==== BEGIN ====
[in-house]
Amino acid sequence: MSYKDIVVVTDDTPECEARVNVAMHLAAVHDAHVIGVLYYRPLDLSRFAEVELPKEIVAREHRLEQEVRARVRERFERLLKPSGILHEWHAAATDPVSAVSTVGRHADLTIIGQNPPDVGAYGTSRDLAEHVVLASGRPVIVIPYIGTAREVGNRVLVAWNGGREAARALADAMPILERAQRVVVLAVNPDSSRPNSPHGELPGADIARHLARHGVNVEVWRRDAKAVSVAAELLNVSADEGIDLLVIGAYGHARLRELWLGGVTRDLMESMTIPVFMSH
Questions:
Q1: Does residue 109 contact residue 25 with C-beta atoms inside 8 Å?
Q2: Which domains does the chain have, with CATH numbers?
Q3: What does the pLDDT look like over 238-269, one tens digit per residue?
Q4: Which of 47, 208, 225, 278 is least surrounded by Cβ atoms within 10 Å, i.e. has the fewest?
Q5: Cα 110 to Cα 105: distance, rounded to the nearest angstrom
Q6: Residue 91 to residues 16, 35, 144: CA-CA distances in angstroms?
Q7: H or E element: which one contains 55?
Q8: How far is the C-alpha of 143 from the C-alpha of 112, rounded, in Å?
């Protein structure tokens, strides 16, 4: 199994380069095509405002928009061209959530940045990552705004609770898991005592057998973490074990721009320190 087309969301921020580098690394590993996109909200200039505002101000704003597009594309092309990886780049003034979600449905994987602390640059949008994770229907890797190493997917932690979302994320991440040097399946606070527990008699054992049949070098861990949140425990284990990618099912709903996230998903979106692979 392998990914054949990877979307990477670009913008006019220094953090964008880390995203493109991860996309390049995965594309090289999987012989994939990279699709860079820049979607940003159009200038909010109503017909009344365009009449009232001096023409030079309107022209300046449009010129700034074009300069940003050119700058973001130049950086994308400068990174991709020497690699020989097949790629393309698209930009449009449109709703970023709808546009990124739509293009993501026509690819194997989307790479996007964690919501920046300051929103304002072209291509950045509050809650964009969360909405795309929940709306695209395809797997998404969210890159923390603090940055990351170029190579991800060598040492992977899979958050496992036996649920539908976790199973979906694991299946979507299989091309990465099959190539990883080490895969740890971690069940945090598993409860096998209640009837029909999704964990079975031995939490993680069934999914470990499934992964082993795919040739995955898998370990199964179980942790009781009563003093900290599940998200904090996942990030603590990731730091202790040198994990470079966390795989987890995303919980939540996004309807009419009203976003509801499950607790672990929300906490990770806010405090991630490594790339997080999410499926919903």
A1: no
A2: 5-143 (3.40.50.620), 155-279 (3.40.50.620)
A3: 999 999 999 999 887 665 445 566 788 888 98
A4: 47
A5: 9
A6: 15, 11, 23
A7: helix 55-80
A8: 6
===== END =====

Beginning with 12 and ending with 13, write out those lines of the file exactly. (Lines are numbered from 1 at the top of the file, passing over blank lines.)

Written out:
């Protein structure tokens, strides 16, 4: 199994380069095509405002928009061209959530940045990552705004609770898991005592057998973490074990721009320190 087309969301921020580098690394590993996109909200200039505002101000704003597009594309092309990886780049003034979600449905994987602390640059949008994770229907890797190493997917932690979302994320991440040097399946606070527990008699054992049949070098861990949140425990284990990618099912709903996230998903979106692979 392998990914054949990877979307990477670009913008006019220094953090964008880390995203493109991860996309390049995965594309090289999987012989994939990279699709860079820049979607940003159009200038909010109503017909009344365009009449009232001096023409030079309107022209300046449009010129700034074009300069940003050119700058973001130049950086994308400068990174991709020497690699020989097949790629393309698209930009449009449109709703970023709808546009990124739509293009993501026509690819194997989307790479996007964690919501920046300051929103304002072209291509950045509050809650964009969360909405795309929940709306695209395809797997998404969210890159923390603090940055990351170029190579991800060598040492992977899979958050496992036996649920539908976790199973979906694991299946979507299989091309990465099959190539990883080490895969740890971690069940945090598993409860096998209640009837029909999704964990079975031995939490993680069934999914470990499934992964082993795919040739995955898998370990199964179980942790009781009563003093900290599940998200904090996942990030603590990731730091202790040198994990470079966390795989987890995303919980939540996004309807009419009203976003509801499950607790672990929300906490990770806010405090991630490594790339997080999410499926919903």
A1: no